Still, the matter defies party lines. Brazil’s left is even more eager to have Petrobras foot the bill for rising gasoline and diesel than Bolsonaro, a far-right populist. Former president Luiz Inacio Lula da Silva, Bolsonaro’s arch political enemy and a likely 2022 presidential candidate, attacked high prices in a comeback speech this month.
“The issue for the rest of the region is, how many of these countries can absorb the additional cost of keeping prices low?” said John Padilla, managing director of IPD Latin America LLC, a consultancy. “It’s an added economic burden.”
One problem with subsidies is they have a “mechanical effect” and cost more as soon as international prices rise, said Girouard. Governments should attach conditions to such economic aid, like what France has done with the airlines industry, she said.
While more than 40 countries still have polices in place keeping fuel affordable, there has been progress, with spending subsidies becoming more transparent in recent years. The Group of 20 is carrying out peer reviews of fossil-fuel support through a program with the OECD and New Zealand is expected to prioritize subsidy reform as head of the Asia-Pacific Economic Cooperation. Last year U.K became the first in the G20 to end overseas oil and gas financing, offering hope for a wider shift.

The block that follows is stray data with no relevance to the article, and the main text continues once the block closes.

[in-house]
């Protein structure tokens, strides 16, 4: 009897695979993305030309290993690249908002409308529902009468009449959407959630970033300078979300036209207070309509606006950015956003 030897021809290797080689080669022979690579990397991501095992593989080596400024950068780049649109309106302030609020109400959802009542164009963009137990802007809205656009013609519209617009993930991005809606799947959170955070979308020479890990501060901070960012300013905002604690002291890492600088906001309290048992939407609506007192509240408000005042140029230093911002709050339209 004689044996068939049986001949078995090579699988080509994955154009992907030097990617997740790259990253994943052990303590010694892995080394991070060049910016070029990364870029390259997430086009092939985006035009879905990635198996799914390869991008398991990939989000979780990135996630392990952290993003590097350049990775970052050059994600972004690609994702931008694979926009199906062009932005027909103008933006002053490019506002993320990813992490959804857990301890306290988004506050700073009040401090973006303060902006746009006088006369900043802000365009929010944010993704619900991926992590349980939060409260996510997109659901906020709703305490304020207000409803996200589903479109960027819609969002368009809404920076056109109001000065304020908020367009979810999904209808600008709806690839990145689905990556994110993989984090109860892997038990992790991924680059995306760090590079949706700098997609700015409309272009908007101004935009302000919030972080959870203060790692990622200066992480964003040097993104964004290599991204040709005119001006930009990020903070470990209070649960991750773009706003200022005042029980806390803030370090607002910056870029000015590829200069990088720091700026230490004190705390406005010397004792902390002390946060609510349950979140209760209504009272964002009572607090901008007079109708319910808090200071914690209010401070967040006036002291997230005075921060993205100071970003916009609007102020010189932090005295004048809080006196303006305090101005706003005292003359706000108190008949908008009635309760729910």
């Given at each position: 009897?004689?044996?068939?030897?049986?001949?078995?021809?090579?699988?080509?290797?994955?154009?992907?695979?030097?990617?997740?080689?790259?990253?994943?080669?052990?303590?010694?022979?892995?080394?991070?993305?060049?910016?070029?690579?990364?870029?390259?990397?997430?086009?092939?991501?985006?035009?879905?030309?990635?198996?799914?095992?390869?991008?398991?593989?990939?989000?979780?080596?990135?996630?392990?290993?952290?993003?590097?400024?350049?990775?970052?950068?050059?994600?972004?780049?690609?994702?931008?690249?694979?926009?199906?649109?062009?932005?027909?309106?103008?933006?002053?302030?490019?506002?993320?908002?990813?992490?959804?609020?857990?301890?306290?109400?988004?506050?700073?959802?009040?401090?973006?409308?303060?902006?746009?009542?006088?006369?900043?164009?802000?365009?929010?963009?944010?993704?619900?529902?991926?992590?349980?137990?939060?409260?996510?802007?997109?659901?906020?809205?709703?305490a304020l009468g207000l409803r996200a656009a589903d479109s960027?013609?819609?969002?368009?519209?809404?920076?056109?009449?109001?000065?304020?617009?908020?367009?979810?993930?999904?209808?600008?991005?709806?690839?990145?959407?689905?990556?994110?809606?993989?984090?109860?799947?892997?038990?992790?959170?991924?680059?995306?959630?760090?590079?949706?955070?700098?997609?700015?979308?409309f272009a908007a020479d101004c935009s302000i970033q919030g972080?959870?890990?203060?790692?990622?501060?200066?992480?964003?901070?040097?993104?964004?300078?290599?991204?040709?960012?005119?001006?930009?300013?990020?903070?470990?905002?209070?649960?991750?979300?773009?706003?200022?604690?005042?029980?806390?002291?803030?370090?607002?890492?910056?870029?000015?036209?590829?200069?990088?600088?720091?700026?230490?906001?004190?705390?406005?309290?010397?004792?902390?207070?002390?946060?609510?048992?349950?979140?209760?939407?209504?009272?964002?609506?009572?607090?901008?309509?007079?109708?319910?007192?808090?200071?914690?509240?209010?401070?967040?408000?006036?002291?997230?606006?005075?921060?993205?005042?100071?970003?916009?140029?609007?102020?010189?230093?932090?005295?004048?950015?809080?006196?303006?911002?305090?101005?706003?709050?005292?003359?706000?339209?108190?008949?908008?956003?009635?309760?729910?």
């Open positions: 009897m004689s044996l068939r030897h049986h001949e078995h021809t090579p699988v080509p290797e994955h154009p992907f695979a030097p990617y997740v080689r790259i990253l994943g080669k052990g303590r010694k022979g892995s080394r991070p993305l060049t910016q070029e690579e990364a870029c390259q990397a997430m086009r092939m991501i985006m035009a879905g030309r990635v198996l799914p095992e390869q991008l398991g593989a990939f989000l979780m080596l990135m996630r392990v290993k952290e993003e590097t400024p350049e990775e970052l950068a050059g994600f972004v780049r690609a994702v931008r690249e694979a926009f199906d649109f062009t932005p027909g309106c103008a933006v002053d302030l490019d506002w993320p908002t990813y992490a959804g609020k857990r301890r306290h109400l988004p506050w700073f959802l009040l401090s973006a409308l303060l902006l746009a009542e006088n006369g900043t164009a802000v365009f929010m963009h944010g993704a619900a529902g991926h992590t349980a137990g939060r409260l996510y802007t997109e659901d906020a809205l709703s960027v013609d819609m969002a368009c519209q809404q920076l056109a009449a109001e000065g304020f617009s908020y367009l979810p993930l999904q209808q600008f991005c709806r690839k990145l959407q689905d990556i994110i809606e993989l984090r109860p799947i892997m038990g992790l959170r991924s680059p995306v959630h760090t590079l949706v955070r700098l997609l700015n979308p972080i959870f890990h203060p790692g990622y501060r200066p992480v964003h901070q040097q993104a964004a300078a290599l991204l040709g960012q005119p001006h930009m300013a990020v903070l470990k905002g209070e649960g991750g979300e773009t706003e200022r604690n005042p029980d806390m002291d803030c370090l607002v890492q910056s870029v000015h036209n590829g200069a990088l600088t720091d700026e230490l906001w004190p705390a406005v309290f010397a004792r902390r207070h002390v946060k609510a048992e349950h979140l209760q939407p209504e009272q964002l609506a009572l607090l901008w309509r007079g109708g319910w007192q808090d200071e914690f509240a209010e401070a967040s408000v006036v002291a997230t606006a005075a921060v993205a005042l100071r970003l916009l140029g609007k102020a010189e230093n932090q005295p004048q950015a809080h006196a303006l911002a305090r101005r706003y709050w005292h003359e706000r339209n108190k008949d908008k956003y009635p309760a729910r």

Countries that have successfully phased out subsidies have reaped climate benefits. Morocco, which began eliminating subsidies after the 2009-2010 oil-price spike, is now one of the few developing countries on track to curb its emissions by 2030, according to Climate Action Tracker. Its six-year wind-down included targeted social protection programs to insulate the most vulnerable citizens from rising fuel costs.
Tunisia has introduced monthly price adjustments for gasoline and diesel to reduce deficits while Egypt and Kazakhstan have both eliminated electricity subsidies benefiting dirty energy.
``In 2020 there was a unique opportunity for emerging markets, with oil prices tanking, to get rid of subsidies,'' said Thomaz Favaro, director of Brazil and the Southern Cone for Control Risks, a consultancy. ``Most countries actually have failed to revise that strategy, and now that oil prices are picking up again, that window of opportunity is closing and it is closing very fast.''